I’m not saying that it is wise to ignore those limits, and I do agree that we don’t own airspace above our land. But even that’s not black and white - what about flying in a hangar? B D Maule used to do it until he got a bit too close to the door soffit one day... Smile
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#15
In reading this older post, I didn't see anyone correct this statement and I see others jumped in and asked questions about flying unregistered aircraft on their own property. I don't want others to be mislead. This post is incorrect.

As now being a customer turned dealer for CFX, I have been working closely with the local FSDO and the FAA over the last several months or so in the registration processes and final inspection/certifications. If you have the factory, or dealer, build your helicopter or airplane, it is in no way correct to say it is illegal to fly it, and is to be registered. in fact, the registration process is almost the same and is as legal as you can get which will allow you to relax and fly your aircraft to fly-in's, friends, airports, etc. The only difference is you are not eligible for the maintenance certificate. Therefore you will have to find an A&P that will work/sign off on your experimental helicopter for annuals and such or take it back to the factory or dealer that build it, if you coordinated with them in the registration process and they put in for the maintenance certificate.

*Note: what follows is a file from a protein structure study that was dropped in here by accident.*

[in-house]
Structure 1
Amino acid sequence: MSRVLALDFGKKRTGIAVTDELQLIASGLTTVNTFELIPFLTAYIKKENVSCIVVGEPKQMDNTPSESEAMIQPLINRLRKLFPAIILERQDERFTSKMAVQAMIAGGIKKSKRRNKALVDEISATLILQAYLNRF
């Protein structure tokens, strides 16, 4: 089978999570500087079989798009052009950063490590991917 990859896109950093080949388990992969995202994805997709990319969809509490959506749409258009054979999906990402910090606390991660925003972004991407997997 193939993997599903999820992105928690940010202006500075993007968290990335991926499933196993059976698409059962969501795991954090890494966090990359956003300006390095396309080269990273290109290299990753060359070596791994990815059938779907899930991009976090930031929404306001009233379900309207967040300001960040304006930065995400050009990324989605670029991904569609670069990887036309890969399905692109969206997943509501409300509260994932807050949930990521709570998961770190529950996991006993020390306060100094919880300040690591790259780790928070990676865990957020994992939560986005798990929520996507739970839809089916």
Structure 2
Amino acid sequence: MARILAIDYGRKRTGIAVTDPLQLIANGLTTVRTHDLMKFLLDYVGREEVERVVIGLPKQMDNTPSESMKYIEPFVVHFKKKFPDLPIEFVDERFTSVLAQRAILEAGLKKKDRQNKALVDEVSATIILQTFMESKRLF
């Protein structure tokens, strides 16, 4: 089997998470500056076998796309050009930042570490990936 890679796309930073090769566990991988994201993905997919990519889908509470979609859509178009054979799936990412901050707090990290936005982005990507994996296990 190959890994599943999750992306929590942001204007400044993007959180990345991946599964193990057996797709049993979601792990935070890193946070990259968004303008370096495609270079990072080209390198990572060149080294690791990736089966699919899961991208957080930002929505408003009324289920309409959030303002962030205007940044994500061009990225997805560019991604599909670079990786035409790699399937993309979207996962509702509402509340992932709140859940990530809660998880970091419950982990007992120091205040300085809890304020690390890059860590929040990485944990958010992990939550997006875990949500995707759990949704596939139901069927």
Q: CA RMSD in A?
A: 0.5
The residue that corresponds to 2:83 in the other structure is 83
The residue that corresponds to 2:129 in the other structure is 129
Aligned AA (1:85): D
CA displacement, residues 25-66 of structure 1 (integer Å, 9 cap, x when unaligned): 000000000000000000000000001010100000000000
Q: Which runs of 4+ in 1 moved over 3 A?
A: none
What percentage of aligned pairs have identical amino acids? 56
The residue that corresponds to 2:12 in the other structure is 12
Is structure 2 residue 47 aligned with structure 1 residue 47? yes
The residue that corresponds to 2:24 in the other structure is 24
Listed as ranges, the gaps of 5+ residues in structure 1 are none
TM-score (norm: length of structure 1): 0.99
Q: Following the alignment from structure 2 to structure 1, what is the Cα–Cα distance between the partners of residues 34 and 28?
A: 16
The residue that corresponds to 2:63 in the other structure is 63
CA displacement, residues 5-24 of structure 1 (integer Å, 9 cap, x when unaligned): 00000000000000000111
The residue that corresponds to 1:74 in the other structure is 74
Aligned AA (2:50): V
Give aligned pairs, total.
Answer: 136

Other than an XEL (with floats) a word of caution to those who encourage to fly unregistered aircraft (even on your own property), should you have your neighbors call on you or worse, you have an accident, I would NOT want to be in your shoes (legally or financially) if you are found to be purposely skating the FAA and the registration process! 

The registration process is not as difficult as some would have you believe if you understand it. Therefor, there is no real reason not to have your aircraft registered. And if you ever go to sell your aircraft used without it ever being registered, well, good luck. 

I hope this helps someone new to the experimental community.
Dave Storey
XET/N72SX
storeyaviation.com
http://storeyaviation.com/